R. C. Foster

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R. C. Foster (born 1899 in Lowndes County ) was influential in bringing the "university style" of jubilee gospel quartet singing to the Birmingham District where it flourished and inspired generations of gospel singers.

Foster learned the style from Vernon W. Barnett, a Tuskegee Institute graduate who taught music at Lowndes County High School. He moved to Bessemer in 1915 to work at the Woodward Mine. He sang along with some of his fellow miners informally at first during lunch breaks and in the evenings. The group's progress was interrupted by World War I, but it was reconstituted in 1919 when the men returned home from the service.

Encouraged by mine owner Rick Woodward, Foster put together a more formal quartet, which he named the "Foster Singers". They began appearing at church services and various community events, spreading the new sound through the Bessemer area and inspiring a generation of gospel groups. Foster's college-influenced style was more formal and restrained than some of the other popular quartets of the time, but the group's musicianship and polish greatly influenced later groups.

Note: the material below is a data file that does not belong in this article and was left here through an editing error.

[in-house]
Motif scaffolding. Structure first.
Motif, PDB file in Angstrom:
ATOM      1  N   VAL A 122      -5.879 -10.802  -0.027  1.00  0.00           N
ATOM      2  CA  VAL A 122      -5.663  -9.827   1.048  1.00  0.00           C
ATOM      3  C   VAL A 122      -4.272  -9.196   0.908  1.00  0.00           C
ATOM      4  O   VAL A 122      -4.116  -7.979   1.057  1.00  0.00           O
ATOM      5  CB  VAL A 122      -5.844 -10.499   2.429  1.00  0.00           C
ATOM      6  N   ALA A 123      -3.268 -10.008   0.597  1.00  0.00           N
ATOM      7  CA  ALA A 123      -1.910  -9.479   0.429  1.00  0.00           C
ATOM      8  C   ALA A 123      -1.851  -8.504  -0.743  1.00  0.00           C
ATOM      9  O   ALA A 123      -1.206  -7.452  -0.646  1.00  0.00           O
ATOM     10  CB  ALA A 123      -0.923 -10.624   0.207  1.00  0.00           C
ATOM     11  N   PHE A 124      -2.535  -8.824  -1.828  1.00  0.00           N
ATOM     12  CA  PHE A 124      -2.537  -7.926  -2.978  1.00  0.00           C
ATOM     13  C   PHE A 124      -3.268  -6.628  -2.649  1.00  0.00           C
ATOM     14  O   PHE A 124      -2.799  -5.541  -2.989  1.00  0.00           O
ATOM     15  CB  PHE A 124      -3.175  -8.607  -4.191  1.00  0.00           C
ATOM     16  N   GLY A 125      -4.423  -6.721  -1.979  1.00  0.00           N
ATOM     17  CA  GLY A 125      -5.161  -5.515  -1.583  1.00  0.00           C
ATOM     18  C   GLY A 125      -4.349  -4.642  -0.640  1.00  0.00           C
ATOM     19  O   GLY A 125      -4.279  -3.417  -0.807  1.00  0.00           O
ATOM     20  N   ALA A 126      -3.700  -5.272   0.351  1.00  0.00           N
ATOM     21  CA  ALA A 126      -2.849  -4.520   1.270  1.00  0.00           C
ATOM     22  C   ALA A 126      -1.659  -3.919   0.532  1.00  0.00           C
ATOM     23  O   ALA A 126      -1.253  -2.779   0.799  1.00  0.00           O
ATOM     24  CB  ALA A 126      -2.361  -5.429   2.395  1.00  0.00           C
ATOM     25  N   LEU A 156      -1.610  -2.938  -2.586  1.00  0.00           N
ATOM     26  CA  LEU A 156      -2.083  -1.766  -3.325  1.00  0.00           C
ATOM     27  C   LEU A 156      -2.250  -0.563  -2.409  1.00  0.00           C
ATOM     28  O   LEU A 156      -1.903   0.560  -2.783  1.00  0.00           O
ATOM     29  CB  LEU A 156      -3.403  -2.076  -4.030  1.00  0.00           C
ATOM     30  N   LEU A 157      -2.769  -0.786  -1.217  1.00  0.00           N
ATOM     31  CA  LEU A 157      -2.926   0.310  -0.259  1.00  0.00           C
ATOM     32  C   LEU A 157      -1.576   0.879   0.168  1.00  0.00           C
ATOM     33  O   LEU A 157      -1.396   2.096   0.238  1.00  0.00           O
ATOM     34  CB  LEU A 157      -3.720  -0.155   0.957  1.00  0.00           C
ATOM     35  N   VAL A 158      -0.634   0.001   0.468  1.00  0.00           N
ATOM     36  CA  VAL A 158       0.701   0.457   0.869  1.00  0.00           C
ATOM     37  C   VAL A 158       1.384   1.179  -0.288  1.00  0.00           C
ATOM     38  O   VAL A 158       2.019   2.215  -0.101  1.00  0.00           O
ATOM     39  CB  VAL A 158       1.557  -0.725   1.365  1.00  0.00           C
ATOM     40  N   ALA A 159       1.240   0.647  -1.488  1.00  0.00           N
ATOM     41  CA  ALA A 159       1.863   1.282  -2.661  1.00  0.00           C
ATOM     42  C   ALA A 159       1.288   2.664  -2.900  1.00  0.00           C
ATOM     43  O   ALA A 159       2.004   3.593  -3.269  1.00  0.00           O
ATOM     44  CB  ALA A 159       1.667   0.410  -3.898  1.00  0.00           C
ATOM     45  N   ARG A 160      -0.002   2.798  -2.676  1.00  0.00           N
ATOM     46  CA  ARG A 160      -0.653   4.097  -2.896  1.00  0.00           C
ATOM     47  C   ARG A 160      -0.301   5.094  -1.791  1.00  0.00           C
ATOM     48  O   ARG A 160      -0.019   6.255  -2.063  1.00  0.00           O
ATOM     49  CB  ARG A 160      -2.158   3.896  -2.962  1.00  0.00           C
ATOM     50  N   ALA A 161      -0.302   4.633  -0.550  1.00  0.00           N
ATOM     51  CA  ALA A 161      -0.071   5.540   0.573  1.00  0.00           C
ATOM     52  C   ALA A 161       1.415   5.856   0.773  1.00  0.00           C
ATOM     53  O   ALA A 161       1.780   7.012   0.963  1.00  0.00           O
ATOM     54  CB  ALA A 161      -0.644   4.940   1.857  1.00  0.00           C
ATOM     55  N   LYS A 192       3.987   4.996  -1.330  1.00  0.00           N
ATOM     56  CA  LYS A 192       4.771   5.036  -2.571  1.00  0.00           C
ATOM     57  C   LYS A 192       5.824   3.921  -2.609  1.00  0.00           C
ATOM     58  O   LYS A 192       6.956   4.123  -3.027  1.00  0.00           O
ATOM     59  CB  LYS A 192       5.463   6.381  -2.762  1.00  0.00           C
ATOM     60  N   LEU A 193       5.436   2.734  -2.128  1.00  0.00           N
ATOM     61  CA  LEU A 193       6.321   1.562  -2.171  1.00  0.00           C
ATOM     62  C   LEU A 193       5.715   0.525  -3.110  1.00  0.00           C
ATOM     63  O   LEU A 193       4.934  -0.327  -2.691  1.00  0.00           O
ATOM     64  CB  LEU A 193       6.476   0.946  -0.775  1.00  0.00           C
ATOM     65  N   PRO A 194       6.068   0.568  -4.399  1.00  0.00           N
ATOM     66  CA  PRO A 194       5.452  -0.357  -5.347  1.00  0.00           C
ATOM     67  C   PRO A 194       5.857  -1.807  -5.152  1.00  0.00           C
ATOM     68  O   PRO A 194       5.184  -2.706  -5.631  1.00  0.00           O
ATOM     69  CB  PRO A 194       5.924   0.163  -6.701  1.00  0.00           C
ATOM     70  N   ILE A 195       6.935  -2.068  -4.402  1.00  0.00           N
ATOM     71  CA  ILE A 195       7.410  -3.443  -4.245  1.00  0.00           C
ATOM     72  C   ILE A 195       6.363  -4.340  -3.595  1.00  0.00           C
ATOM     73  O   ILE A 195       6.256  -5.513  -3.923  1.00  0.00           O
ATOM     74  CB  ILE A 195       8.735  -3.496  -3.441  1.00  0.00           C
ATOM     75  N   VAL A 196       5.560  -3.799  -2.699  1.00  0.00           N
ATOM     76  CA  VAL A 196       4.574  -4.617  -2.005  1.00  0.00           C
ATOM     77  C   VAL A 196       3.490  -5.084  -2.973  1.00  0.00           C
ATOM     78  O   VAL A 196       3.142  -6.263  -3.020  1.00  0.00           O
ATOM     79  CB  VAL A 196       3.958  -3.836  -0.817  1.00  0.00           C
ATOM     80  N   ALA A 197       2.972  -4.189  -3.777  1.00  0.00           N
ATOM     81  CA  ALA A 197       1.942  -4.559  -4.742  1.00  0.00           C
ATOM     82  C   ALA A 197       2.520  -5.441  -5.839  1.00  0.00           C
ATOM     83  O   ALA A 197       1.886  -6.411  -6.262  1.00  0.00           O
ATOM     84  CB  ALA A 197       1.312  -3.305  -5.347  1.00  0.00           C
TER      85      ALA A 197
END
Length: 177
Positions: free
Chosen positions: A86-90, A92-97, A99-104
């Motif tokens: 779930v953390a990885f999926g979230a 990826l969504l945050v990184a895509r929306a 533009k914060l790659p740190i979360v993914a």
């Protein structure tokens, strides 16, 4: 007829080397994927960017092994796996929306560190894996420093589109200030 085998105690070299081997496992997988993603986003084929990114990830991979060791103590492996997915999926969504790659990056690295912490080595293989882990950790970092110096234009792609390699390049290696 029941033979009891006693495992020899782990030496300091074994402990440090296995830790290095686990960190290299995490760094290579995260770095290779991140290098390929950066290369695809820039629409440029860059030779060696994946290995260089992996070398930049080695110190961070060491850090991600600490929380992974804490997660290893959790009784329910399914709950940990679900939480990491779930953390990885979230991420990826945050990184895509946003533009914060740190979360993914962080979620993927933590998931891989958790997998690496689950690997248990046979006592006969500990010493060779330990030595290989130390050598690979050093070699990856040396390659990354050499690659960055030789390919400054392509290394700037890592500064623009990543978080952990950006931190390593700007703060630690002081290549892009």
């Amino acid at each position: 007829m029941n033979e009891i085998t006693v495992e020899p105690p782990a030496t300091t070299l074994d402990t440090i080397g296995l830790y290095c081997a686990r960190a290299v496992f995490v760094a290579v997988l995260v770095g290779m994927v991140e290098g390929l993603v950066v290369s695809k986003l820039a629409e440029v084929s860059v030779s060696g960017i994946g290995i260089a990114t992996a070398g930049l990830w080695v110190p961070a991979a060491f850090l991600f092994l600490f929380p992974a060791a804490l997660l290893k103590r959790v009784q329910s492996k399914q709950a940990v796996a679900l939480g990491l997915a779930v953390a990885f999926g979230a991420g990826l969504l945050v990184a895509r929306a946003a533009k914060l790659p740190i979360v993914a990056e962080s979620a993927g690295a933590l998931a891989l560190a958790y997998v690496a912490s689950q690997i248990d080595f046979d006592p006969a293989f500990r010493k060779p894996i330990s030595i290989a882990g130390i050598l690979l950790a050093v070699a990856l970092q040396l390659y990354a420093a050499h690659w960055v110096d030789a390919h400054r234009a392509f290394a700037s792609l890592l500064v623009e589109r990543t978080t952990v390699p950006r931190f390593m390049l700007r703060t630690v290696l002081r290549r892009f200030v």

Foster, a deacon at New Zion Baptist Church, suffered hearing impairment after a fall in 1979 and stopped performing.


  • Seroff, Doug (1980) Album liner notes for the Birmingham Quartet Anthology: Jefferson County, Alabama (1926-1953). Stockholm, Sweden: Clanka Lanka Records. CL144.001-2
  • Boyer, Horace Clarence (1995) "The Emergence of the Jubilee Quartet: The Jefferson County School," pp. 29-33 in How Sweet the Sound: The Golden Age of Gospel. Montgomery: Black Belt Press. ISBN 1880216191

External links

  • R. C. Foster's "Music Achiever" profile at the Alabama Music Hall of Fame